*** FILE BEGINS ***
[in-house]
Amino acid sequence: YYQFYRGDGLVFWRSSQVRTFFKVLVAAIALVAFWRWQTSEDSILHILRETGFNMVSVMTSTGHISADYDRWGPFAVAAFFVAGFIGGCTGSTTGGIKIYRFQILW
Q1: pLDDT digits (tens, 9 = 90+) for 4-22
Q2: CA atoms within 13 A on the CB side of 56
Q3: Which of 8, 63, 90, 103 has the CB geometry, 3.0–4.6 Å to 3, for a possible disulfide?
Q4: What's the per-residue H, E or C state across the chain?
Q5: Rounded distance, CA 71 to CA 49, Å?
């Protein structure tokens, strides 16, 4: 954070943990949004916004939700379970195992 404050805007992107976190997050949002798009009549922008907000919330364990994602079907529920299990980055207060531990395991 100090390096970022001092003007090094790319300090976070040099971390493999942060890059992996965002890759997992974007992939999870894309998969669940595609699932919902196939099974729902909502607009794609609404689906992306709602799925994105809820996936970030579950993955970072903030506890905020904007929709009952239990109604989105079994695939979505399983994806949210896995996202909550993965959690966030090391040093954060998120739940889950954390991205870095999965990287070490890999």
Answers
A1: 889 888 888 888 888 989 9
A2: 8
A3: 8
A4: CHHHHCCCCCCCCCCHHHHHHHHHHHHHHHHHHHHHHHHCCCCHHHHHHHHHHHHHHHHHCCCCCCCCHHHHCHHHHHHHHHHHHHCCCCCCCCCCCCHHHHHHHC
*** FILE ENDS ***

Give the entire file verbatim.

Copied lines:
[in-house]
Amino acid sequence: YYQFYRGDGLVFWRSSQVRTFFKVLVAAIALVAFWRWQTSEDSILHILRETGFNMVSVMTSTGHISADYDRWGPFAVAAFFVAGFIGGCTGSTTGGIKIYRFQILW
Q1: pLDDT digits (tens, 9 = 90+) for 4-22
Q2: CA atoms within 13 A on the CB side of 56
Q3: Which of 8, 63, 90, 103 has the CB geometry, 3.0–4.6 Å to 3, for a possible disulfide?
Q4: What's the per-residue H, E or C state across the chain?
Q5: Rounded distance, CA 71 to CA 49, Å?
């Protein structure tokens, strides 16, 4: 954070943990949004916004939700379970195992 404050805007992107976190997050949002798009009549922008907000919330364990994602079907529920299990980055207060531990395991 100090390096970022001092003007090094790319300090976070040099971390493999942060890059992996965002890759997992974007992939999870894309998969669940595609699932919902196939099974729902909502607009794609609404689906992306709602799925994105809820996936970030579950993955970072903030506890905020904007929709009952239990109604989105079994695939979505399983994806949210896995996202909550993965959690966030090391040093954060998120739940889950954390991205870095999965990287070490890999």
Answers
A1: 889 888 888 888 888 989 9
A2: 8
A3: 8
A4: CHHHHCCCCCCCCCCHHHHHHHHHHHHHHHHHHHHHHHHCCCCHHHHHHHHHHHHHHHHHCCCCCCCCHHHHCHHHHHHHHHHHHHCCCCCCCCCCCCHHHHHHHC